Appellate court limits copyright infringement damages to three years. SOHM v. SCHOLASTIC

Appellate court limits copyright infringement damages to three years. SOHM v. SCHOLASTIC

United States copyright law grants the creator of a new work the exclusive right to reproduce, distribute, perform, display, transmit and prepare derivative works based on the copyrighted work.  A creator is granted a copyright when they create a copyrighted work, the copyright can be registered to gain additional rights, but registration is not required for a copyright to be granted.  If someone other than the copyright owner attempts to exercise one of the exclusive rights granted by copyright law, that can be considered copyright infringement.  A copyright owner can file a complaint with a court to stop copyright infringement with an injunction and to get monetary damages for infringement which has already occurred.

In the United States a copyright is one of several legal concepts which shape the outcome of lawsuits.  One legal concept that can affect the outcome of a copyright infringement lawsuit is that statute of limitations.  Most courts agree that a lawsuit for copyright infringement does not ‘accrue’ until the copyright holder discovers, or should have discovered, the infringement.  The statute of limitations for copyright infringement is three years in the United States.  If a defendant can prove that the plaintiff knew about the copyright infringement and did nothing for three years than the defendant can motion to have the case dismissed.  However, the burden of proof is on the defendant and the evidence needed to show the statute of limitations has run out may not be discovered until the case is almost over.  Some legal scholars have noted that this gives a copyright plaintiff a significant advantage.

In SOHM v. SCHOLASTIC INC., 18-2110 (2nd Cir 2020) the Court of Appeals for the Second Circuit issued an opinion which may put litigants on a move level playing field.

This case revolves around 89 photographs created by the plaintiff.  Plaintiff entered into agreements with several agencies to license his photographs to third parties.  In one agreement Plaintiff temporarily assigned his copyrights to Corbis for registration purposes, with the understanding that Corbis would reassign the copyrights to him after registration. Corbis registered a number of Plaintiff’s photographs with the United States Copyright Office but none of the registrations named Plaintiff.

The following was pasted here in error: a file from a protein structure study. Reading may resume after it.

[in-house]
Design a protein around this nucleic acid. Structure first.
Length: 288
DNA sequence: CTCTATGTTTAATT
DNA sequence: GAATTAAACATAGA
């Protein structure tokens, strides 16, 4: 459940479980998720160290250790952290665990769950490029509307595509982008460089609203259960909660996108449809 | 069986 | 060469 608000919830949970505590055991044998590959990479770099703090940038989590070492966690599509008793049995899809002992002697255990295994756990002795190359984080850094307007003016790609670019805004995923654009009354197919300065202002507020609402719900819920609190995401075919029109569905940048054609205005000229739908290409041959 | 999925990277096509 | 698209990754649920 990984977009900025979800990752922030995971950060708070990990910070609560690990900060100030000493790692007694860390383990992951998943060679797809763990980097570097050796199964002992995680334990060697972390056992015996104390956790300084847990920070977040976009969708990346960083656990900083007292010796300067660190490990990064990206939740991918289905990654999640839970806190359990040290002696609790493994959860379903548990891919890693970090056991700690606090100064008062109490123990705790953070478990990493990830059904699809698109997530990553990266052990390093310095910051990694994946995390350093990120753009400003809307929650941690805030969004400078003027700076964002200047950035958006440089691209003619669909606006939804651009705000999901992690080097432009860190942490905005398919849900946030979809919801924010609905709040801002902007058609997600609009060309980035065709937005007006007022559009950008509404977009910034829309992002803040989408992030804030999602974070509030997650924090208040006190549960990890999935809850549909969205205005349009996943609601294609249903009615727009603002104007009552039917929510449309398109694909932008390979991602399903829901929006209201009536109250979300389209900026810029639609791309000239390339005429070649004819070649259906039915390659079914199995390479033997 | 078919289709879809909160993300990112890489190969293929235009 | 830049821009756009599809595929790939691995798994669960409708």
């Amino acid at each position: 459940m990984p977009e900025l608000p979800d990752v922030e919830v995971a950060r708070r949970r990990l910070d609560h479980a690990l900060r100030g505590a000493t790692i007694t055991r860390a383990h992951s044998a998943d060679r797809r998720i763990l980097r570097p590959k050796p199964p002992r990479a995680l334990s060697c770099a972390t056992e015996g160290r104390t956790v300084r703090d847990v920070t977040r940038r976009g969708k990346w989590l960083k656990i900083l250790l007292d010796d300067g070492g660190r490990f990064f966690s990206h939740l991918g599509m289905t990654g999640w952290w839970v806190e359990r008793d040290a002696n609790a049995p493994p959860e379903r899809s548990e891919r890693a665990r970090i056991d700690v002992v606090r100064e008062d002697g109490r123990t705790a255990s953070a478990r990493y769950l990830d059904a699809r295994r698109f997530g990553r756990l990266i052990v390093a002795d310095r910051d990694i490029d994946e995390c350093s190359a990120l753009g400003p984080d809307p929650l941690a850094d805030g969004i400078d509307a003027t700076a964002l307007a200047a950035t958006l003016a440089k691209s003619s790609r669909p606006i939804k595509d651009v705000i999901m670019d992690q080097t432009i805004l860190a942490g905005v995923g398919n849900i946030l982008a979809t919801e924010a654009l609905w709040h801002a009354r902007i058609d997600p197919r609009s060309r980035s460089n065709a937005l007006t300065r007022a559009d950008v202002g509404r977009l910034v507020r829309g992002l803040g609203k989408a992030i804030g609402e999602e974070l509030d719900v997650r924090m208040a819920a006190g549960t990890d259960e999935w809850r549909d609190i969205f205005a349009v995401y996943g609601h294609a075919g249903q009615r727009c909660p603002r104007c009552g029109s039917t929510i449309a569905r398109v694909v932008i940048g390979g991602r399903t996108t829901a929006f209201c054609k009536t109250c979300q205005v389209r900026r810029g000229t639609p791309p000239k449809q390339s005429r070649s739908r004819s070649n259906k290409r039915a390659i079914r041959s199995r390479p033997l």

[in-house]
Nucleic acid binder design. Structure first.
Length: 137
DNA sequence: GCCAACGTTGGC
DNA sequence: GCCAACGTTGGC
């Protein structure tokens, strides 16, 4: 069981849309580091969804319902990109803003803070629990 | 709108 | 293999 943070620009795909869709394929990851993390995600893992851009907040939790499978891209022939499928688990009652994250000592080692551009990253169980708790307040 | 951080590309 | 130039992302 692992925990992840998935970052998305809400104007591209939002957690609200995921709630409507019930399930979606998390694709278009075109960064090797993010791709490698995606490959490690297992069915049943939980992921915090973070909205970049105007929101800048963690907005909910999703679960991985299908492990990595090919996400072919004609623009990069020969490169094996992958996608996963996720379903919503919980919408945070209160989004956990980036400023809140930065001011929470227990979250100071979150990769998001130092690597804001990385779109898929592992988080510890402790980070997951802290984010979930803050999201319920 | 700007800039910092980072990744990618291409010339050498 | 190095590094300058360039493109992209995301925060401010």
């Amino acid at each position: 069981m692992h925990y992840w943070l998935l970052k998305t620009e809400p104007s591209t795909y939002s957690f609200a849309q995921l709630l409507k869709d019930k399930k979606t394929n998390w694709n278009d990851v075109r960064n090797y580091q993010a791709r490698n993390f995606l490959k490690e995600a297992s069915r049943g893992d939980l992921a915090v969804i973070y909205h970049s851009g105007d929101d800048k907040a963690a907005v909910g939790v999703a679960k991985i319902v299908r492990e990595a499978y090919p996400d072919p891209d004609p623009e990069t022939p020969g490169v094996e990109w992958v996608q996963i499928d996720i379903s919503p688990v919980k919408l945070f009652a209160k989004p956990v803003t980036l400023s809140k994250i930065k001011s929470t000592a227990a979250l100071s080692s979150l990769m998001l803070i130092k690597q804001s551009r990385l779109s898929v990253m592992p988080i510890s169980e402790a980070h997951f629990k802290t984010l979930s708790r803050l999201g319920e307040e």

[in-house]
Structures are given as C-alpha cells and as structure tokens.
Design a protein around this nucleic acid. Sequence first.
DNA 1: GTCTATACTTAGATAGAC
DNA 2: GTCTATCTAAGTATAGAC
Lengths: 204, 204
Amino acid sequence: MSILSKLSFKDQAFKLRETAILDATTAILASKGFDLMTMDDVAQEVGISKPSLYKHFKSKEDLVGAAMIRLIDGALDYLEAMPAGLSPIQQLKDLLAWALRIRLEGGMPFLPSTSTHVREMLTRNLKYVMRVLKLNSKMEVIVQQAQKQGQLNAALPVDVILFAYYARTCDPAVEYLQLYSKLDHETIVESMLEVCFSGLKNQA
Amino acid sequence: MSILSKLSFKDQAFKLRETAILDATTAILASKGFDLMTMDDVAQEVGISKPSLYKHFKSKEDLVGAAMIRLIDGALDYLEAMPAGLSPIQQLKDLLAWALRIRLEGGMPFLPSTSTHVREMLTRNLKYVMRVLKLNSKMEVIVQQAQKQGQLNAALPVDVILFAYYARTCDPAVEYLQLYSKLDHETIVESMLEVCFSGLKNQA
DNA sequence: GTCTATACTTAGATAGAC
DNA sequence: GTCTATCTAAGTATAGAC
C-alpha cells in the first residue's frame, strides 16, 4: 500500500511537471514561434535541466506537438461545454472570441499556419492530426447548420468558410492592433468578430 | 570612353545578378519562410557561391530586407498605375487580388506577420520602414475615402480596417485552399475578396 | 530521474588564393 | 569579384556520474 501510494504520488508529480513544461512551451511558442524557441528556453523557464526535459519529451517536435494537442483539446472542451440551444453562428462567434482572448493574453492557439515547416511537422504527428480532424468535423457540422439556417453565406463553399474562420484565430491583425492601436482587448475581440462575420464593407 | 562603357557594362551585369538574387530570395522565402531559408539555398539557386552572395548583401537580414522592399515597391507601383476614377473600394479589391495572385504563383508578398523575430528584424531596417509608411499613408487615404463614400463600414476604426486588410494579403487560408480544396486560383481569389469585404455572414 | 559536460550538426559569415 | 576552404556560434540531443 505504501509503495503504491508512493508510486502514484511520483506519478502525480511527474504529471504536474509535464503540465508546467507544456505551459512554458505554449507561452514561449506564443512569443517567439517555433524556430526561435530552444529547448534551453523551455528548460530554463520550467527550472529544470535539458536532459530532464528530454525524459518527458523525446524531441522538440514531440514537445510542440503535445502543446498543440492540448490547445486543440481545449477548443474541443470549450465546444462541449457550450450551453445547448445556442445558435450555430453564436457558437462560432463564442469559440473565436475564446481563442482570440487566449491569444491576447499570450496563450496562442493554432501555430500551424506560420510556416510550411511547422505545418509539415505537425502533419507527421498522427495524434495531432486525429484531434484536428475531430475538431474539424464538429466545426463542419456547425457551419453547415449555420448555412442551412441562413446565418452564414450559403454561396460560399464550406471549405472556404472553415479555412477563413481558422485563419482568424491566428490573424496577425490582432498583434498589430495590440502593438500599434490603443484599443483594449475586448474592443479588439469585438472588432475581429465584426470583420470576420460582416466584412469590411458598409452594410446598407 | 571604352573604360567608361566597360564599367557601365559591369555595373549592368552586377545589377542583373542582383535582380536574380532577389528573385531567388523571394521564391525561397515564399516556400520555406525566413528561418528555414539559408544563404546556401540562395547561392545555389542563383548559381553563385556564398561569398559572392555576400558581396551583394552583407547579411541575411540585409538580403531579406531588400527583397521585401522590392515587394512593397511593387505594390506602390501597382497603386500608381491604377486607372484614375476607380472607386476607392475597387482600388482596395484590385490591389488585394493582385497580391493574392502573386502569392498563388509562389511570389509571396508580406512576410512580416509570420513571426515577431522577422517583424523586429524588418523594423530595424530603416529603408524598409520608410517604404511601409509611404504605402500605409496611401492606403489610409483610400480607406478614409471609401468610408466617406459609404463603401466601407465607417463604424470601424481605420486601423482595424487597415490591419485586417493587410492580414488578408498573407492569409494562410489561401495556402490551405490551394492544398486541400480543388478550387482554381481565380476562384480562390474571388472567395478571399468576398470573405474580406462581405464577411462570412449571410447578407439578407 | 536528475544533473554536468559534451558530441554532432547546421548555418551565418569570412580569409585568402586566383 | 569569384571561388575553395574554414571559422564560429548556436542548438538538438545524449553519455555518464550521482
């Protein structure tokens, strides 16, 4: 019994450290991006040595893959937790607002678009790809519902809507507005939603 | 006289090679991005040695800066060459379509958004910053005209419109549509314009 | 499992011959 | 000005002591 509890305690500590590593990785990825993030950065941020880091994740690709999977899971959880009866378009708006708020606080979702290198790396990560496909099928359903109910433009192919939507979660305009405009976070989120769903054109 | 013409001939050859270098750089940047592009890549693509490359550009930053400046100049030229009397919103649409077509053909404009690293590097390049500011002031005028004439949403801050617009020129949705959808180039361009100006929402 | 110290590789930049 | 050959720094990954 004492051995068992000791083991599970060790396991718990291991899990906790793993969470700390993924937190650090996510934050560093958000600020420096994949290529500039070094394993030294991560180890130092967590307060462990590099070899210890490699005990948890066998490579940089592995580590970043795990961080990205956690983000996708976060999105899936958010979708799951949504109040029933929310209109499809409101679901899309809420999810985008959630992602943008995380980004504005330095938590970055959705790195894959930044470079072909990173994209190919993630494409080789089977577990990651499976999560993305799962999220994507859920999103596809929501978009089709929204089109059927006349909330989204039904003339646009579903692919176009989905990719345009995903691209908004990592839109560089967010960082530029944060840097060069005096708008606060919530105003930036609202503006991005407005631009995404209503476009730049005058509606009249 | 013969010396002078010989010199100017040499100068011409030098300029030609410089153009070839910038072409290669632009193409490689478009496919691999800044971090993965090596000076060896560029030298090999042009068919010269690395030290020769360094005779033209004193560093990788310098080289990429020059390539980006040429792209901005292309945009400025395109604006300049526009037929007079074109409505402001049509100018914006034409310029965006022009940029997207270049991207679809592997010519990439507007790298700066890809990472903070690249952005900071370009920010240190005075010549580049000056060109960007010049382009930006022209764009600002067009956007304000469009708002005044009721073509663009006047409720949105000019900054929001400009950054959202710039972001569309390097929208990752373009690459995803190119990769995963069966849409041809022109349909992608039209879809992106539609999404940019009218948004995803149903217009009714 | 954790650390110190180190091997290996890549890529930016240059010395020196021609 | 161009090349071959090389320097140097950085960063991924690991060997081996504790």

Defendant is a publisher of books that licensed several of Plaintiff’s works.  In May 2016, Plaintiff sued Defendant for copyright infringement, alleging that Defendant’s use of photographs in various publications exceeded what was allowed in the license. Defendant moved for summary judgement on several theories including that the statute of limitations had passed and alternatively that damages should be limited to infringement that occurred within three years of the suit.

The District Court found that Defendant had not established that Plaintiff knew of the infringement three years prior to filing suit and that case precedent in the Second Circuit did not limit damages to three years.  Defendant appealed this decision.

The Second Circuit held that Copyright Act’s statute of limitations is independent of the time limit on damages.  The Second Circuit based this conclusion on Petrella v. Metro-Goldwyn-Mayer, Inc., 572 U.S. 663 (2014).  In that case the United States Supreme Court  explicitly delimited damages to the three years prior to the commencement of a copyright infringement action.  Based on this precedent the Second Circuit held that damages for copyright infringement are limited to three years prior to commencement of a lawsuit.

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